Open justice versus confidentiality: A critical analysis
It is evident that there exists a conflict between the confidentiality of arbitration and the system of open courts. In order to reconcile this conflict, there are various legal questions which need to be answered.
- Independent nature of court proceedings
Although the mechanism of arbitration was introduced, inter alia, to reduce the burden on civil courts and provide speedy justice, there are various post-award steps such as enforcement and setting aside of awards which often involve a court of law. Involvement of courts in arbitrations is not just limited to the post-award stage. Parties often approach courts for interim reliefs during the pendency of arbitration proceedings, appointment of arbitrator(s), [if the parties are mutually unable to appoint arbitrator(s)], and even to merely refer parties to arbitration when they have contractually agreed to arbitrate a specific dispute.
Hence, the primary question which needs to be answered in this conflict between open justice and confidentiality is whether court proceedings can be completely bifurcated from the arbitral proceedings they arise out of. It is important to determine whether the principles applicable to arbitral proceedings could be carried forward to the court proceedings arising out of them.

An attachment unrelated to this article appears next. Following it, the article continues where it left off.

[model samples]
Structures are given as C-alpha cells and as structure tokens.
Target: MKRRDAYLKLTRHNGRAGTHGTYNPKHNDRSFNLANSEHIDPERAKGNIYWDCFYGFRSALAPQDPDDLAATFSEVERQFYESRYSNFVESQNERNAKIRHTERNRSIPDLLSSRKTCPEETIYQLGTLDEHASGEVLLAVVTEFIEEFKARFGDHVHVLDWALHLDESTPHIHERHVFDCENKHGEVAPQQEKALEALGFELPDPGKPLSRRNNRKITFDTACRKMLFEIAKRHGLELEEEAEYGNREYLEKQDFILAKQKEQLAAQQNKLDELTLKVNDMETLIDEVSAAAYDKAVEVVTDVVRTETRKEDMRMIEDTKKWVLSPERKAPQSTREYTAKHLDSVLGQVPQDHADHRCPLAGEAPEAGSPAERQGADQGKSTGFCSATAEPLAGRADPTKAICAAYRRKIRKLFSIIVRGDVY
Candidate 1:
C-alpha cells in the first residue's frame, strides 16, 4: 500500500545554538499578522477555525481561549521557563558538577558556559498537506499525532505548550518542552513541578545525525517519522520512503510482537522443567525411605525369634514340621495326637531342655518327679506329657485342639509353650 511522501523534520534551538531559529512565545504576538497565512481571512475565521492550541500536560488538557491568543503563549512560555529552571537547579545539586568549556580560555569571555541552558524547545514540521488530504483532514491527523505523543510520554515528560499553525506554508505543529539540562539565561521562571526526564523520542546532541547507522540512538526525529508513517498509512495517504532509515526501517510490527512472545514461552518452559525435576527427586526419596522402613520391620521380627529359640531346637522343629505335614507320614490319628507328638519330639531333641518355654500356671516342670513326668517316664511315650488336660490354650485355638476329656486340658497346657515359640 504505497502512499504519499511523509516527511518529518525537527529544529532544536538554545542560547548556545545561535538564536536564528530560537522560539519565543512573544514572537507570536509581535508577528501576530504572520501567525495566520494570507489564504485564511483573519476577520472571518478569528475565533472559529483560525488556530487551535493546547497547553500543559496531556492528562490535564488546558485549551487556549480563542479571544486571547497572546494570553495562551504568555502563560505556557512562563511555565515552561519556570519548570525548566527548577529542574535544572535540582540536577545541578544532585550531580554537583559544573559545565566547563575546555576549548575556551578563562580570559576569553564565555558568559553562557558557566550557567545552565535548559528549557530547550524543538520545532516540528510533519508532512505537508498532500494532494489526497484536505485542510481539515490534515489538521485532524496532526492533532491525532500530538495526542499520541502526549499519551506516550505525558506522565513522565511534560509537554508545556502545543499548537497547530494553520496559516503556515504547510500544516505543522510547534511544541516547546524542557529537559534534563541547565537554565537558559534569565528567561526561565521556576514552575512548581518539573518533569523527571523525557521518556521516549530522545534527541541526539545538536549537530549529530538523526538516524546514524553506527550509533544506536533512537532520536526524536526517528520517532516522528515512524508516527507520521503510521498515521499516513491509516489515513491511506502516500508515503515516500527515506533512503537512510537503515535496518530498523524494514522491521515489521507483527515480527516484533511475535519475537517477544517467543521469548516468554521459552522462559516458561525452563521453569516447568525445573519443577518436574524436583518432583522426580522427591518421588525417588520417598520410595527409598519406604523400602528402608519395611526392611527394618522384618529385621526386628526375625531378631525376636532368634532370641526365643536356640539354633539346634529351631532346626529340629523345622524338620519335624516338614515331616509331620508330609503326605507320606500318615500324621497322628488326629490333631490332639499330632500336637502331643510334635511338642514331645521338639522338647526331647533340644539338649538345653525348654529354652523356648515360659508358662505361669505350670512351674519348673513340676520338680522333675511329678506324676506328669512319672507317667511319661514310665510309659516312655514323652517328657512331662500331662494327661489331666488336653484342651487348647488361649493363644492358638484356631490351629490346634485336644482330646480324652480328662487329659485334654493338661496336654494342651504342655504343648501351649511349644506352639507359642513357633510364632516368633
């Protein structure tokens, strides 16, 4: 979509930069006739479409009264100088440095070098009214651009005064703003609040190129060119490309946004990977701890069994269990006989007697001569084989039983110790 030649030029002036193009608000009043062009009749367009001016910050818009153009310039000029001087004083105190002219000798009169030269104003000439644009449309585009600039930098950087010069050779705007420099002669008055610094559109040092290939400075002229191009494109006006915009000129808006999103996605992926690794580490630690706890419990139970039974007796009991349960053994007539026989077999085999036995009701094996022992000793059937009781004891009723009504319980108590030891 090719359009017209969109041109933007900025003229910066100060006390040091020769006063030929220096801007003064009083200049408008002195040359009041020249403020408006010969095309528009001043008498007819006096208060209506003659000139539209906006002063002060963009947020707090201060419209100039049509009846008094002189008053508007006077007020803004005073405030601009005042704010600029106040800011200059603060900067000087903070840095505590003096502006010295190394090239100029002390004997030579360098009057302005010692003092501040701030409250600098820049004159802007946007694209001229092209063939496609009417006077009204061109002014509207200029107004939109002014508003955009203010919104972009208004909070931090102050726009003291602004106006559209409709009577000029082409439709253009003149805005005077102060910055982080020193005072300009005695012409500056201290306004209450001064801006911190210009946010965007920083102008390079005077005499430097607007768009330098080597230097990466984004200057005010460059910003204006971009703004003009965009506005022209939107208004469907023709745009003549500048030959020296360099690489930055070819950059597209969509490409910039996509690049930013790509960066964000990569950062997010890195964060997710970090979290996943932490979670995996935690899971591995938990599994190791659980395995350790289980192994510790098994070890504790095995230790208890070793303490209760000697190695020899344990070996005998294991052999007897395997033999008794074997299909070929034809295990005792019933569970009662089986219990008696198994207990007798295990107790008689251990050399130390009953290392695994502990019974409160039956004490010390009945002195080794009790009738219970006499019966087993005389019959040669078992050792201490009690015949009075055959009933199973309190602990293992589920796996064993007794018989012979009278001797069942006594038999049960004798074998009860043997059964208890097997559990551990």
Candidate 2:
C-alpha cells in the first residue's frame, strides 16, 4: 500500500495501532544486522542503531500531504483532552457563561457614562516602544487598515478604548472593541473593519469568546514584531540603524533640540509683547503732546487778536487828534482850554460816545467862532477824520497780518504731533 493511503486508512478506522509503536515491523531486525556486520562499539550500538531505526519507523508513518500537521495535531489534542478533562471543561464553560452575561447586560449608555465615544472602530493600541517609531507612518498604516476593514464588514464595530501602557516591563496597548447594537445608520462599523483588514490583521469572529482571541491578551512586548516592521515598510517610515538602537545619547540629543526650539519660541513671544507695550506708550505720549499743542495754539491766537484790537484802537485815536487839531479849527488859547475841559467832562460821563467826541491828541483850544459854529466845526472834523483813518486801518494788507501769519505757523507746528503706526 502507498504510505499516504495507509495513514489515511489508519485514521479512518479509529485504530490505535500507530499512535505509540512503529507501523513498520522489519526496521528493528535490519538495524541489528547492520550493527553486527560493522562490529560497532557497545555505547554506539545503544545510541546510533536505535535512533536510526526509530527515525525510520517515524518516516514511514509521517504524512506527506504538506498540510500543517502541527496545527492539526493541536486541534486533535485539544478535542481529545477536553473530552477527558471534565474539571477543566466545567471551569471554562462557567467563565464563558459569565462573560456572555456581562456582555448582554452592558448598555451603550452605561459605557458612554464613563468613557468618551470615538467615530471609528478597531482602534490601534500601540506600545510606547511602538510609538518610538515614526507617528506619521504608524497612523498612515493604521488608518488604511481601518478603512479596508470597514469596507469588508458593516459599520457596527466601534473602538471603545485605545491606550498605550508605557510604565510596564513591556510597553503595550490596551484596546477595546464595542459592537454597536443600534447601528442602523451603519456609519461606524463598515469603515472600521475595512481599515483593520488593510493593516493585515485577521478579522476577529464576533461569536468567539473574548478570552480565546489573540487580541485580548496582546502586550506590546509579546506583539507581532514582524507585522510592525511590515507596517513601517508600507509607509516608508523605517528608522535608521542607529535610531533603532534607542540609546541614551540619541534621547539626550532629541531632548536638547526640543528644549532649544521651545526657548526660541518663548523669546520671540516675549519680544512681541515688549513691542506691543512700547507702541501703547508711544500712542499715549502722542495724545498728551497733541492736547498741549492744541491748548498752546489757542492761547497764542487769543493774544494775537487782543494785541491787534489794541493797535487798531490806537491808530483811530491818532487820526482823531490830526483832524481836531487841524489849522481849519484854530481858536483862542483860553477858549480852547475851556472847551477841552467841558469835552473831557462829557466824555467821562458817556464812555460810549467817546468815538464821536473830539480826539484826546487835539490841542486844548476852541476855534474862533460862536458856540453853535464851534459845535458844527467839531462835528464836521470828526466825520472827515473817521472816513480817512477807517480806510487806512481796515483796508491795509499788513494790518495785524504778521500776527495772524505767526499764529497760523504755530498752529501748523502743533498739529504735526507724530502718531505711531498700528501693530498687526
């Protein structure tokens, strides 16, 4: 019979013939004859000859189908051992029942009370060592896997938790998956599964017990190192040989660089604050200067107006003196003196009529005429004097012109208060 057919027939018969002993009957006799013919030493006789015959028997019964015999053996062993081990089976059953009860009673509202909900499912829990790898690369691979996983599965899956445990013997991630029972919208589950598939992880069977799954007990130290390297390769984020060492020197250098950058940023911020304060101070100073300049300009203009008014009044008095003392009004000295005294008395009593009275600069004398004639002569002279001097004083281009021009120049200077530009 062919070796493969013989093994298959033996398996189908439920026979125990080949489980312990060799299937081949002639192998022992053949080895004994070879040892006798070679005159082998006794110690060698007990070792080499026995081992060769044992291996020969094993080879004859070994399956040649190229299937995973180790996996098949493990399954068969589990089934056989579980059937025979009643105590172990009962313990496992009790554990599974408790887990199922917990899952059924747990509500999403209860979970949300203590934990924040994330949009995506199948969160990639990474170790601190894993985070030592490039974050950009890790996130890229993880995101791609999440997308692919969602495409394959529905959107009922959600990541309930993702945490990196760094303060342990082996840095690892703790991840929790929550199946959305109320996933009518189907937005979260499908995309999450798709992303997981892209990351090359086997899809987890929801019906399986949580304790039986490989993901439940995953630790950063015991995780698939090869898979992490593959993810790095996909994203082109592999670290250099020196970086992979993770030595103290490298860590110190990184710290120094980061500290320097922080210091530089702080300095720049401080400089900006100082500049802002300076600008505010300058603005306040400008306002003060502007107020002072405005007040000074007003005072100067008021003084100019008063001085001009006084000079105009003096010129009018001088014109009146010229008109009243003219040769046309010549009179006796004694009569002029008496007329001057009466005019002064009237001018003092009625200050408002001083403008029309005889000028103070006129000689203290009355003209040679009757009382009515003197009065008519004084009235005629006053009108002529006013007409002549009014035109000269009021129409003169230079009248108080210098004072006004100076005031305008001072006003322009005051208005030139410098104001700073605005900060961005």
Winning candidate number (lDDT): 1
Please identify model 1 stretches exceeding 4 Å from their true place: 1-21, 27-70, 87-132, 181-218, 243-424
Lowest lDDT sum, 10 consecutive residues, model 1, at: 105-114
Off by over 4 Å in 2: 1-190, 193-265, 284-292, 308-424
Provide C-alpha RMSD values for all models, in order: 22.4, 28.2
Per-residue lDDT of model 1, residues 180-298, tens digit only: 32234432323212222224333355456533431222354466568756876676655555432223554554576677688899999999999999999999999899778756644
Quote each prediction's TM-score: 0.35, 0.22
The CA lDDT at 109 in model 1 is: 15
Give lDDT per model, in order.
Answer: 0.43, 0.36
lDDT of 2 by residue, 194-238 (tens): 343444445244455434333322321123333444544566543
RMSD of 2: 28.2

The Supreme Court of India has a very clear stance on this issue. While dealing with the Arbitration and Conciliation (Amendment) Act, 201536 (hereinafter “the 2015 Amendment”), the Court opined that the scheme of the 1996 Act post the 2015 Amendment is one which bifurcates between court proceedings and the corresponding arbitration.37A new Section 8738 was introduced into the 1996 Act by the 2019 Amendment which took a contrary stance and insinuated that court proceedings are “merely parasitical” to the underlying arbitration. By striking down Section 87, the SupremeCourt has ensured that such a bifurcating scheme introduced by the 2015 Amendment continues to apply post the 2019 Amendment as well.39
Therefore, the principles which apply to the original arbitral proceedings might not necessarily apply to the court proceedings arising out of that arbitration.
- Adjudicating arbitration matters in an open court: A violation of parties’ consent